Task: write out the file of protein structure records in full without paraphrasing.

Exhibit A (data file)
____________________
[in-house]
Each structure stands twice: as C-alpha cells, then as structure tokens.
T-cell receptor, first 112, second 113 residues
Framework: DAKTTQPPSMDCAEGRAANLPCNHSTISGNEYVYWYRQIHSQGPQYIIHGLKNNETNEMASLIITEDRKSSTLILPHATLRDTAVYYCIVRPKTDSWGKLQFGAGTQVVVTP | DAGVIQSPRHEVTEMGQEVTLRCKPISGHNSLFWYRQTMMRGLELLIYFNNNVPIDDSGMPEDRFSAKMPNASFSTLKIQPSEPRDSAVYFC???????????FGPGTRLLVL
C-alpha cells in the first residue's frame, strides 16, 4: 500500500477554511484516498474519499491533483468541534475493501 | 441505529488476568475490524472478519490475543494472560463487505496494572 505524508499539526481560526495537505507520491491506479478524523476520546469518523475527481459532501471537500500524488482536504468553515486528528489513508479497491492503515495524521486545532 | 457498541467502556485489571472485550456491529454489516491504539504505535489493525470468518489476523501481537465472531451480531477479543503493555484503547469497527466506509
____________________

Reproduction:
[in-house]
Each structure stands twice: as C-alpha cells, then as structure tokens.
T-cell receptor, first 112, second 113 residues
Framework: DAKTTQPPSMDCAEGRAANLPCNHSTISGNEYVYWYRQIHSQGPQYIIHGLKNNETNEMASLIITEDRKSSTLILPHATLRDTAVYYCIVRPKTDSWGKLQFGAGTQVVVTP | DAGVIQSPRHEVTEMGQEVTLRCKPISGHNSLFWYRQTMMRGLELLIYFNNNVPIDDSGMPEDRFSAKMPNASFSTLKIQPSEPRDSAVYFC???????????FGPGTRLLVL
C-alpha cells in the first residue's frame, strides 16, 4: 500500500477554511484516498474519499491533483468541534475493501 | 441505529488476568475490524472478519490475543494472560463487505496494572 505524508499539526481560526495537505507520491491506479478524523476520546469518523475527481459532501471537500500524488482536504468553515486528528489513508479497491492503515495524521486545532 | 457498541467502556485489571472485550456491529454489516491504539504505535489493525470468518489476523501481537465472531451480531477479543503493555484503547469497527466506509